5. Posted by Jhowell / July 3rd, 2014

    My problem with Greg’s aruemgnt is that it seems to be reducing parenting down to the physical labor of feeding, clothing, and cleaning. Presumably, as long as sufficient labor capability exists in the house, the problem is solved. By that mesure, children raised entirely by robots should be as well-adjusted as any others. I’m finding that a bit far-fetched.I would argue that single motherhood and single fatherhood are not compaable under the present circumstances, for a variety of reasons. Of course, the largest one is that in our current culture, there is no social stigma associated with not having a father or not knowing who one’s father is. Compare that to the case for adopted children, who do not know who either of their biological parents are. And there is no stigma associated with a household which has no father in it. I am a big believer that, in order to be well-adjusted in regards to how they relate to the oppsite sex, children need to have role models of both sexes. Now, there are different ways of accomplishing that goal, but that’s beside the point I want to make. I don’t have the stats in front of me night now, but a significant number of single mothers were themselves raised in single-mother households. Being that the welfare state has been in place for about 60 years now, this can extend back through three or four generations. A boy may find himself being raised in a family that is otherwise single-sex. This is very unlikely to happen in a father-only household. I would guess that the number of single-parent fathers who were themselves raised in a motherless household is minscule, probably not enough to study.Futher, the child of a single father still has plenty of exposure to female role models. They have female relatives. Some fathers hire caretakers, who are nearly all female. School teachers are mostly female. Compare this with the opposite situation. It’s quite possible that a child in a single-mother household will never meet an adult male realtive, due to the multi-generational chain of single mothering. In public schools, the child is unlikely to have a male teacher. Welfare and child-protective employees are mostly women too. It’s entirely possible that the child’s only “male role models” will be in the form of street gangs.So no, I don’t think that there is any such thing as gender-neutral “single parenting”. And I don’t think that studying father-only households will tell you anything about single-mother households. The two are simply not comparable.

  6. Posted by Mohamed / October 24th, 2014

    The only relief I felt after two years+ now is that I am not alone any more!

    I ‘ve been raising four kids on my own now! three of them are twins!

    It’s like a very hot summer all the time if you know what I mean, I ‘ll keep digging may be I ‘d come across a success story some where.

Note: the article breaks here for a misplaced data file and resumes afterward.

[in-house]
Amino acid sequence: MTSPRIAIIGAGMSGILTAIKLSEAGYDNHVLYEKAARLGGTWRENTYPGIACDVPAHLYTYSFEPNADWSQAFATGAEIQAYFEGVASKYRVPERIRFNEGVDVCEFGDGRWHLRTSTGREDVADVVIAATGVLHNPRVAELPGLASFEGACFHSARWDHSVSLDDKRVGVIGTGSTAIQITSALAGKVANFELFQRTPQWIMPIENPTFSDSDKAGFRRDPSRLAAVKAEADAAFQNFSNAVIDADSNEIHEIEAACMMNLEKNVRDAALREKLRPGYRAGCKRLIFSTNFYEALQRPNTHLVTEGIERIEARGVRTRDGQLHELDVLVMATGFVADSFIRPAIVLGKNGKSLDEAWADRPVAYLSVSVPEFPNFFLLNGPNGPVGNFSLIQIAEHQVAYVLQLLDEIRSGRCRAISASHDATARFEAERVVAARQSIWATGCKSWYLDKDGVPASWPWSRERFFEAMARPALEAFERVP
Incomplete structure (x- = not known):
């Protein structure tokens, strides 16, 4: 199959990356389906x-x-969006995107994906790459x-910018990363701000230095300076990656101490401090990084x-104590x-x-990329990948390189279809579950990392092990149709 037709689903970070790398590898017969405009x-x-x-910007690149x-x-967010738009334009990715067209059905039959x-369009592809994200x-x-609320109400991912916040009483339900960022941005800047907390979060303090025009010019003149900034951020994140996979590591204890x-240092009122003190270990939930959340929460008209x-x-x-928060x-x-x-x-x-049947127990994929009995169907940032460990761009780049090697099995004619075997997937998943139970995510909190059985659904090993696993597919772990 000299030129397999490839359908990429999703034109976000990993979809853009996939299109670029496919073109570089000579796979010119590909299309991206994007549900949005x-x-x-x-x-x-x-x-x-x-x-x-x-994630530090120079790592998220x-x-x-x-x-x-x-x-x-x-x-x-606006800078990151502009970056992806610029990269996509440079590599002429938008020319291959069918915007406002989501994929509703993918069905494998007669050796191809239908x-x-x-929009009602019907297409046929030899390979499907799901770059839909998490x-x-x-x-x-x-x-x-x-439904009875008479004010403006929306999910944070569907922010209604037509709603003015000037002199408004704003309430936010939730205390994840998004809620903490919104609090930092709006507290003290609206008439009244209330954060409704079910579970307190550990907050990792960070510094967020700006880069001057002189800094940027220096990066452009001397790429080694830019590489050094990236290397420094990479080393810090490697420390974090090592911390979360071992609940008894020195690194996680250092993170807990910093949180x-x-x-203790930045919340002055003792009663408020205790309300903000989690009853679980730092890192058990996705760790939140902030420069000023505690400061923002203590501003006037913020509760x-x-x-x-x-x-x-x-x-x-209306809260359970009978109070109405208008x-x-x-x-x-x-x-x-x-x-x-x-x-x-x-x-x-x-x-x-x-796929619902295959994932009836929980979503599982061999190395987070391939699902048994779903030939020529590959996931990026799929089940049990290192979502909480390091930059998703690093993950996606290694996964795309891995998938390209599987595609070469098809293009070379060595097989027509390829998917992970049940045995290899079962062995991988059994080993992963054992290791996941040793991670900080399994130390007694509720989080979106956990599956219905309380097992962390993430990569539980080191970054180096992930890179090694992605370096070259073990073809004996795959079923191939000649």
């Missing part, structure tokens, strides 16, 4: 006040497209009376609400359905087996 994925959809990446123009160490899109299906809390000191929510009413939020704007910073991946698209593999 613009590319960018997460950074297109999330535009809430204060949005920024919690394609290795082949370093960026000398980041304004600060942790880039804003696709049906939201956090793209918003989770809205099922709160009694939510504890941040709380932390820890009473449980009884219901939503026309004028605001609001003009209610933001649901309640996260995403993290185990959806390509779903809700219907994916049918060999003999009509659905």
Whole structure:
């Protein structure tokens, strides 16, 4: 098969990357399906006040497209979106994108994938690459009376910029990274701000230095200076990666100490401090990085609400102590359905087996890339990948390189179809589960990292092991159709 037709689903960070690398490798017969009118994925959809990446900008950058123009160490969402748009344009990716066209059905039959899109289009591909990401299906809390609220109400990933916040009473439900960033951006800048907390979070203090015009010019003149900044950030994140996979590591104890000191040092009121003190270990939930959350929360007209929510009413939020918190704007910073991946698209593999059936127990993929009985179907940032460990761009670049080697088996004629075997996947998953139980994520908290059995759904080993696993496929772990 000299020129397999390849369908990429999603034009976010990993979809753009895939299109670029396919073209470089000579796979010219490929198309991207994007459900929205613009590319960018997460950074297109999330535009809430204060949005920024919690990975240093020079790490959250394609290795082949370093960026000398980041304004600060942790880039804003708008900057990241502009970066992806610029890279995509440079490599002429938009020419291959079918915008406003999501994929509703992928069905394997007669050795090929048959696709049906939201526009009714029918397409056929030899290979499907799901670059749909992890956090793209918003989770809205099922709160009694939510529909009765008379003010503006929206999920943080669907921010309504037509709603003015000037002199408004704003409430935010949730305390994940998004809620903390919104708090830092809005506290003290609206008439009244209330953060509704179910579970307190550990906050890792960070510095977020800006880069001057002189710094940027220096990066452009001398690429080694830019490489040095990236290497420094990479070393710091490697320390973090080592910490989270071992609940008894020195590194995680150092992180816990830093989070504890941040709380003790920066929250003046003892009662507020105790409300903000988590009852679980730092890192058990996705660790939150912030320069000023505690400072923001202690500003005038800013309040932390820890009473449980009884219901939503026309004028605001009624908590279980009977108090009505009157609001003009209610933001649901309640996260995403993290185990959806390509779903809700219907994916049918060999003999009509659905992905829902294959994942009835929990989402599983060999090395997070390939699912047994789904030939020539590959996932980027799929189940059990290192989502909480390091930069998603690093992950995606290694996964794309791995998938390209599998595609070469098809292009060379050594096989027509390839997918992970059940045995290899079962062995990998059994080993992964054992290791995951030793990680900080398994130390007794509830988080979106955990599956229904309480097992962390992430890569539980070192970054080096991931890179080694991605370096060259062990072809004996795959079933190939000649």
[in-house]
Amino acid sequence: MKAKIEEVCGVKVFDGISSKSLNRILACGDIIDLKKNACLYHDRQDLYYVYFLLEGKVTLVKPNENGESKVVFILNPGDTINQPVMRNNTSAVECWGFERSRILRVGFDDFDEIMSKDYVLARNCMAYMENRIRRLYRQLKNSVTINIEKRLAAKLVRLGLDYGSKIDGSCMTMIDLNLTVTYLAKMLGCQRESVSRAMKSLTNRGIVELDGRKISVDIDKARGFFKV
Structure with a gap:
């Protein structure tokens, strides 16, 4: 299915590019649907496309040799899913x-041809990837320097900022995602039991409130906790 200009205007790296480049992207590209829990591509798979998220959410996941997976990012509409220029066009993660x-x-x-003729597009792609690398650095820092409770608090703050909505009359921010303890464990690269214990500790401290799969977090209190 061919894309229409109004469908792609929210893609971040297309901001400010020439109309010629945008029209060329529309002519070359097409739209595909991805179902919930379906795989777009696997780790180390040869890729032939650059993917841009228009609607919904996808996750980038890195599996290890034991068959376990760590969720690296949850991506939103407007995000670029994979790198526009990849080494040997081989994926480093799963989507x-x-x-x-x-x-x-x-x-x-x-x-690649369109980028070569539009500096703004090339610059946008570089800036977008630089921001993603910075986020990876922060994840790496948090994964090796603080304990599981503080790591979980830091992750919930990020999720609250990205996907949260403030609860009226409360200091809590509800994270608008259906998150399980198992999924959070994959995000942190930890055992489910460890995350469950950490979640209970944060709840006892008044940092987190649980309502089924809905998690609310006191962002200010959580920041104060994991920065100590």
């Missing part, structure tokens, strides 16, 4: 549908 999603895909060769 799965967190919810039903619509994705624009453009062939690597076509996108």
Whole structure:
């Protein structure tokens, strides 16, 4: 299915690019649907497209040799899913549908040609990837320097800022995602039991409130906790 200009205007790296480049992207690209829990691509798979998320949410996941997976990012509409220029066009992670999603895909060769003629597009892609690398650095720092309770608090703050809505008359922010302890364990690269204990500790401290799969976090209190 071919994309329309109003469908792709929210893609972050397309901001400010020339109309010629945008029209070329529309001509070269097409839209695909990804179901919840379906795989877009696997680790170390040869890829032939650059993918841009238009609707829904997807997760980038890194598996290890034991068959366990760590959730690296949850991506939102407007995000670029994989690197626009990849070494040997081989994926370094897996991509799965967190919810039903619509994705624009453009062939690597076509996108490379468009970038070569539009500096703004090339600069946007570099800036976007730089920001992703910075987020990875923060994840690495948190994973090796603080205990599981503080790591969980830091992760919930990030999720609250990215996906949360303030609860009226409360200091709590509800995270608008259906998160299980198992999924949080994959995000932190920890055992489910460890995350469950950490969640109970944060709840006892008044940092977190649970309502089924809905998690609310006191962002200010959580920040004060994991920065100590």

7. Posted by Adam Watts / November 26th, 2014

    My wife died on 26th February 2013. She was 46 and we had 5 beautiful boys. At the time of her death, they were aged 10, 9, 7, 5 and 2. I work from home and we were in the middle of a major house extension. I’ve not had many days off since she died and it’s only about now that I can see a light at the end of the tunnel in so far as getting the house finished, which enables me to give myself some quality grieving time which, up to now, has been bottled inside me.

  8. Posted by Steve / February 4th, 2016

    I’m soon to become a single Dad of my 2 year old boy. His mother wants to go back to China (encourgaed by her mother) and leave my son and I.

    To be honest I’m petrified and doubting my own ability to cope.

    Interesting idea about single mothers raising future single mothers. My wife’s mother abandoned my wife when she was young. Now my wife is abandoning her child.

    These circles need to be broken.

  9. Posted by Anna Hovris / May 18th, 2016

    Hello all,
    I am a trainee Counselling Psychologist and I am conducting a study that aims to hear directly how lone fathers who have full time custody of their children following divorce or separation make sense of their experience, how their experience has shaped their relationship with their children and the resources they use to address any potential difficulties they may or may not have. In light of the limited available literature on lone fatherhood, it is hoped that the information provided will raise key considerations in better understanding what it means to be a lone father and the emotional processes involved such that their needs can be addressed. I am getting in contact to see whether or not you are interested in taking part in this study. If you are, please do not hesitate to contact me on anh0645@my.londonmet.ac.uk for more information. I am looking forward to hearing from you.
    Warm regards
    Anna

  10. Posted by Sal / May 21st, 2016

    Same here, I am about to become a single dad in a few months due to the mother’s situation(she is with someone else). I feel very prepare but I have to admit that I am a little concern on how to care about a newborn baby. Anyway, I have heard that many guys have done it alone so I am sure I will do fine and after reading your guy’s stories, it motivates me more.